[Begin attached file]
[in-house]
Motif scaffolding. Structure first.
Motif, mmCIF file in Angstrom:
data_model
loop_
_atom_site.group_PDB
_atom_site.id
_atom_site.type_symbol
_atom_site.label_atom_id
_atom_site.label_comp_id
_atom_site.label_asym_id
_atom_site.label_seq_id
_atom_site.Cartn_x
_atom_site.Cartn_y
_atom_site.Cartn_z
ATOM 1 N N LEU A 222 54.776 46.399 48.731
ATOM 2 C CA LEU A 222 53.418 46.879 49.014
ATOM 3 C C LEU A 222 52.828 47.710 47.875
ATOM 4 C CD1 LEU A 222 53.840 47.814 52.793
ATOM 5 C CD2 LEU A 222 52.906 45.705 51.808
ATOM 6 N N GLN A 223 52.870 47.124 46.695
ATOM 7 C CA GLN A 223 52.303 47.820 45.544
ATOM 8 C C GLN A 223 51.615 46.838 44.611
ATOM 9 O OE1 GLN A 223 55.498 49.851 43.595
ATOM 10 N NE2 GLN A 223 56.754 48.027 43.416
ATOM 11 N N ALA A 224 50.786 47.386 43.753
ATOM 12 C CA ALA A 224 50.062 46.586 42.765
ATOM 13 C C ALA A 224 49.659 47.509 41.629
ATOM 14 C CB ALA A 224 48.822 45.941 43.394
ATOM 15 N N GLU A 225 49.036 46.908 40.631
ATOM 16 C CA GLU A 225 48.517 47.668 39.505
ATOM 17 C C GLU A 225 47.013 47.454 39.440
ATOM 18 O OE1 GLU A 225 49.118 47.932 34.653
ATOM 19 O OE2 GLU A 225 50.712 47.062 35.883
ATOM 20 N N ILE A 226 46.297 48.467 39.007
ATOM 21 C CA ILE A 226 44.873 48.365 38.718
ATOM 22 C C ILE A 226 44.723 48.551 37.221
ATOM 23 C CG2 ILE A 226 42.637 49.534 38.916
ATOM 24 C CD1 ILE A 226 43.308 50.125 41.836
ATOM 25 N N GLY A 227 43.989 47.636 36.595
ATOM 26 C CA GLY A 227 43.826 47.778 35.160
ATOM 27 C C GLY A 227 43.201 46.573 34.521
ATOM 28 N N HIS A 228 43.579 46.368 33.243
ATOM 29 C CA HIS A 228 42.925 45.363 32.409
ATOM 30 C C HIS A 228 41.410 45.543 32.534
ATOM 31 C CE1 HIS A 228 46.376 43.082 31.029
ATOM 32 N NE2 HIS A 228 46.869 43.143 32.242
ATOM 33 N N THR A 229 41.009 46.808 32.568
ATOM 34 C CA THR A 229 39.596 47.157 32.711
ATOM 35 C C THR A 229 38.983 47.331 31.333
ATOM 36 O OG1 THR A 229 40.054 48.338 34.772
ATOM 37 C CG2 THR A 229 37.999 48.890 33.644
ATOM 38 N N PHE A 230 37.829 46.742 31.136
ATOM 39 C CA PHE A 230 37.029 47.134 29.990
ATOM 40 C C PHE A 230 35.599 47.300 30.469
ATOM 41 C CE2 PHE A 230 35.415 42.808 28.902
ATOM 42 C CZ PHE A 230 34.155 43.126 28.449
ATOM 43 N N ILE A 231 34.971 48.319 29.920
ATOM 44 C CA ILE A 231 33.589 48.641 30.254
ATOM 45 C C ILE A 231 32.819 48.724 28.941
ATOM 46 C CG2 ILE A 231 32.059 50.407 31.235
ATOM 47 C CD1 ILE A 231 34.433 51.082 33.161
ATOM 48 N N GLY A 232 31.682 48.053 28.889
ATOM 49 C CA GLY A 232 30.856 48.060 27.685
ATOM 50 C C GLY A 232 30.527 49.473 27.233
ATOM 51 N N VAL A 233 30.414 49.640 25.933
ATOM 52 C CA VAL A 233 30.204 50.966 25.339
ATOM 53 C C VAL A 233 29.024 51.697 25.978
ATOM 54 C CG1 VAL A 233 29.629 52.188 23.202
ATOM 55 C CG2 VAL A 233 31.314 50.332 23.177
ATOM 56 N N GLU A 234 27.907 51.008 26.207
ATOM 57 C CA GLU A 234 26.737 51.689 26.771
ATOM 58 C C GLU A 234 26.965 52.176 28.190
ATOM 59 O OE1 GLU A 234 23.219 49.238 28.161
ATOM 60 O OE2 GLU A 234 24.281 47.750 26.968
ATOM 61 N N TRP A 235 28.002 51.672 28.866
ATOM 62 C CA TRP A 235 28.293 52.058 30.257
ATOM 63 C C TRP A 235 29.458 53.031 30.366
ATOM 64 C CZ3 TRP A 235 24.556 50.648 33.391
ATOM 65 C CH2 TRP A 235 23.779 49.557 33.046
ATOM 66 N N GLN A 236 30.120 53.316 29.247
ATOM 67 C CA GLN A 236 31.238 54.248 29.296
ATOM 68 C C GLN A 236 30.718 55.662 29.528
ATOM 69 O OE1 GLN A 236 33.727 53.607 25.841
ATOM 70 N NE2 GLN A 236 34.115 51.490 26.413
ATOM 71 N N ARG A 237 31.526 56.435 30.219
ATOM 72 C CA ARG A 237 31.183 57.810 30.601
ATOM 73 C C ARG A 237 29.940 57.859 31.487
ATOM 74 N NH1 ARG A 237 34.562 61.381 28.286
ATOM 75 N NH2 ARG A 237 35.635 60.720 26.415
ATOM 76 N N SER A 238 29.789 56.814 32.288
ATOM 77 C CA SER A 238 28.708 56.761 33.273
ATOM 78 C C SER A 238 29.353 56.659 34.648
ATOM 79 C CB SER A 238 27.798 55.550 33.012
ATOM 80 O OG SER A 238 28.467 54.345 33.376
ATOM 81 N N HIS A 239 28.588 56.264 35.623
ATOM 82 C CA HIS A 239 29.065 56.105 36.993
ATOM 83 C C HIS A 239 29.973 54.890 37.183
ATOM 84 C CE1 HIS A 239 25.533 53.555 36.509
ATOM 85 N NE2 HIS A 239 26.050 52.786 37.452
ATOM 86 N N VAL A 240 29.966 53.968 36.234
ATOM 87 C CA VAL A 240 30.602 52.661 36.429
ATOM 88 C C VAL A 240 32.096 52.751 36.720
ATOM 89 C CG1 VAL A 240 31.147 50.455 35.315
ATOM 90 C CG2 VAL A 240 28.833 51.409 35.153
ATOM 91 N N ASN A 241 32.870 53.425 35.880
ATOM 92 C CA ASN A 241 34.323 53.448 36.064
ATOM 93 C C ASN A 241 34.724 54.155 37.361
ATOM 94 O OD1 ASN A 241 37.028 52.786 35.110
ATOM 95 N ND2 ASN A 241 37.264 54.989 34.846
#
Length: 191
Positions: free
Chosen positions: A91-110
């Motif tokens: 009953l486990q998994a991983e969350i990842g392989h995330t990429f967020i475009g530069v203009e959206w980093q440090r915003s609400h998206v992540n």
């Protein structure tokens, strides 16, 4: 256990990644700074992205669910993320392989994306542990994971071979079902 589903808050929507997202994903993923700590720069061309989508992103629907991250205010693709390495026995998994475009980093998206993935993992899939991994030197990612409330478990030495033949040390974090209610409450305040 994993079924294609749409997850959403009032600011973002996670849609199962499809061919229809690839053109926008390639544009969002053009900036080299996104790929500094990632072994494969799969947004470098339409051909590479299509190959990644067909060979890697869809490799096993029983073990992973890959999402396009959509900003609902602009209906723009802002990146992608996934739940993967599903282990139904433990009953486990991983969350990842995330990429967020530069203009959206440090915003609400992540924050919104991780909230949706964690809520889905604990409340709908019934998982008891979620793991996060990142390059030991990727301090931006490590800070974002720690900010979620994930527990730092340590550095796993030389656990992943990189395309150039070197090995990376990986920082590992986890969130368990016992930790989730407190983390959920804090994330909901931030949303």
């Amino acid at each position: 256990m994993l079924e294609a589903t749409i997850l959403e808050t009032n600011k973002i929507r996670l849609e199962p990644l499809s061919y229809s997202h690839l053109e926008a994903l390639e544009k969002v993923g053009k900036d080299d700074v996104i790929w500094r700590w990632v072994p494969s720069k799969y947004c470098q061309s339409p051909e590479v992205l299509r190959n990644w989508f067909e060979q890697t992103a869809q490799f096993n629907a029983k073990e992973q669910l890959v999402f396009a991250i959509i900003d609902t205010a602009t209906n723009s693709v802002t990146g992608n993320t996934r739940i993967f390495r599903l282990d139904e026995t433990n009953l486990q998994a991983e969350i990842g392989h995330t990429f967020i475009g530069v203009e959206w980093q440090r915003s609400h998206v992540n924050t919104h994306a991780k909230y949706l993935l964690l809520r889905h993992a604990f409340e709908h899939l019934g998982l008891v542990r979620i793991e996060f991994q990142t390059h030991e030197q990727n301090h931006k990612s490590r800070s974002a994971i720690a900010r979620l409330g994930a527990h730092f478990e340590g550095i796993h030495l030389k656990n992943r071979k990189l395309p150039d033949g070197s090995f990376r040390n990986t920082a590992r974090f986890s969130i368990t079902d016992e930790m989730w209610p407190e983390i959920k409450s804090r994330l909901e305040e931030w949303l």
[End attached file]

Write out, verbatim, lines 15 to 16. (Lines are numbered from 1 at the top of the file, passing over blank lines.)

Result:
_atom_site.Cartn_z
ATOM 1 N N LEU A 222 54.776 46.399 48.731